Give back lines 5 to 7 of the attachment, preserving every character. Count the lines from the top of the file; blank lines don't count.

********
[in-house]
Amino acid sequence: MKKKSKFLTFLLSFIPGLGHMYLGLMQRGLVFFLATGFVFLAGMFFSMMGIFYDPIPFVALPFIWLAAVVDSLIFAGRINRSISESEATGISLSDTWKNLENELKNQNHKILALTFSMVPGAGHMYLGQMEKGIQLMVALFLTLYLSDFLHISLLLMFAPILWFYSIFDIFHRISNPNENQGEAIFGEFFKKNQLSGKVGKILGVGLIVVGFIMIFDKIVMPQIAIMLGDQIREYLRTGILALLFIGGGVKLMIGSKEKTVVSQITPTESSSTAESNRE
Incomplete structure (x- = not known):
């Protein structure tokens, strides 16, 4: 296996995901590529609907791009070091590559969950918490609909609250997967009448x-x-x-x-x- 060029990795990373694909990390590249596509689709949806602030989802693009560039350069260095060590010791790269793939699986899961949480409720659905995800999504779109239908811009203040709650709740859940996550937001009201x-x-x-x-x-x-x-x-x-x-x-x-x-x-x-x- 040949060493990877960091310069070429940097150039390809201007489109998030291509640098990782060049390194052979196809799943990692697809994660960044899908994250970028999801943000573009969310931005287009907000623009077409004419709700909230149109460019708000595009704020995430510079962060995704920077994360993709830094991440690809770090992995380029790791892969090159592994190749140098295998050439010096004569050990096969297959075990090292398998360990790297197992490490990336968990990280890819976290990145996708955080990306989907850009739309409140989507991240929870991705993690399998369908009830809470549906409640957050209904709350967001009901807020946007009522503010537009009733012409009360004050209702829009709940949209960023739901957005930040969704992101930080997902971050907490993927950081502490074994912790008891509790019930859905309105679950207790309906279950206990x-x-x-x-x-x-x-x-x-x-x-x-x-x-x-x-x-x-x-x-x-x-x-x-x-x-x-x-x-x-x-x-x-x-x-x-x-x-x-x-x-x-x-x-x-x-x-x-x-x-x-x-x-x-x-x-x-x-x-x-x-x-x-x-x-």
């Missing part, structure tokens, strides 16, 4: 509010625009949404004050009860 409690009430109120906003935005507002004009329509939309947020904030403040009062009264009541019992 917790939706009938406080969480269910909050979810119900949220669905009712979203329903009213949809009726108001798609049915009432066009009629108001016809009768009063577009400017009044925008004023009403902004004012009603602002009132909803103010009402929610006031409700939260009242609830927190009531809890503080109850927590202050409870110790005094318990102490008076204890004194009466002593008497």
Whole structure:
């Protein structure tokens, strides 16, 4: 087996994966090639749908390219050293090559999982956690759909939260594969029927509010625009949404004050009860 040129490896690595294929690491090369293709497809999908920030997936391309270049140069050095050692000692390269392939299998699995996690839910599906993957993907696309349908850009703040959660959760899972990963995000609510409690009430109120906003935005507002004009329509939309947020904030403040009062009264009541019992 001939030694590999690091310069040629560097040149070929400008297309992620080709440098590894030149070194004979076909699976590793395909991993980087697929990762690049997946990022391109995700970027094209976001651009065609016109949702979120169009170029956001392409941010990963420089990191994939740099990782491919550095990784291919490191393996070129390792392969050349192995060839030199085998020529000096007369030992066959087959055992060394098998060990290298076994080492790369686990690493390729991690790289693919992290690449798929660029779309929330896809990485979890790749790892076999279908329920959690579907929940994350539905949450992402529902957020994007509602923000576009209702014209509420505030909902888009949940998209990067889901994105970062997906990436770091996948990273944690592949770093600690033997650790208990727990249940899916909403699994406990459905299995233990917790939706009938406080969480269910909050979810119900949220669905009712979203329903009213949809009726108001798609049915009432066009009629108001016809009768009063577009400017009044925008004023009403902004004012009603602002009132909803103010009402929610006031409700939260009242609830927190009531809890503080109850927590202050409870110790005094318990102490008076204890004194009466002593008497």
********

């Missing part, structure tokens, strides 16, 4: 509010625009949404004050009860 409690009430109120906003935005507002004009329509939309947020904030403040009062009264009541019992 917790939706009938406080969480269910909050979810119900949220669905009712979203329903009213949809009726108001798609049915009432066009009629108001016809009768009063577009400017009044925008004023009403902004004012009603602002009132909803103010009402929610006031409700939260009242609830927190009531809890503080109850927590202050409870110790005094318990102490008076204890004194009466002593008497």
Whole structure:
């Protein structure tokens, strides 16, 4: 087996994966090639749908390219050293090559999982956690759909939260594969029927509010625009949404004050009860 040129490896690595294929690491090369293709497809999908920030997936391309270049140069050095050692000692390269392939299998699995996690839910599906993957993907696309349908850009703040959660959760899972990963995000609510409690009430109120906003935005507002004009329509939309947020904030403040009062009264009541019992 001939030694590999690091310069040629560097040149070929400008297309992620080709440098590894030149070194004979076909699976590793395909991993980087697929990762690049997946990022391109995700970027094209976001651009065609016109949702979120169009170029956001392409941010990963420089990191994939740099990782491919550095990784291919490191393996070129390792392969050349192995060839030199085998020529000096007369030992066959087959055992060394098998060990290298076994080492790369686990690493390729991690790289693919992290690449798929660029779309929330896809990485979890790749790892076999279908329920959690579907929940994350539905949450992402529902957020994007509602923000576009209702014209509420505030909902888009949940998209990067889901994105970062997906990436770091996948990273944690592949770093600690033997650790208990727990249940899916909403699994406990459905299995233990917790939706009938406080969480269910909050979810119900949220669905009712979203329903009213949809009726108001798609049915009432066009009629108001016809009768009063577009400017009044925008004023009403902004004012009603602002009132909803103010009402929610006031409700939260009242609830927190009531809890503080109850927590202050409870110790005094318990102490008076204890004194009466002593008497």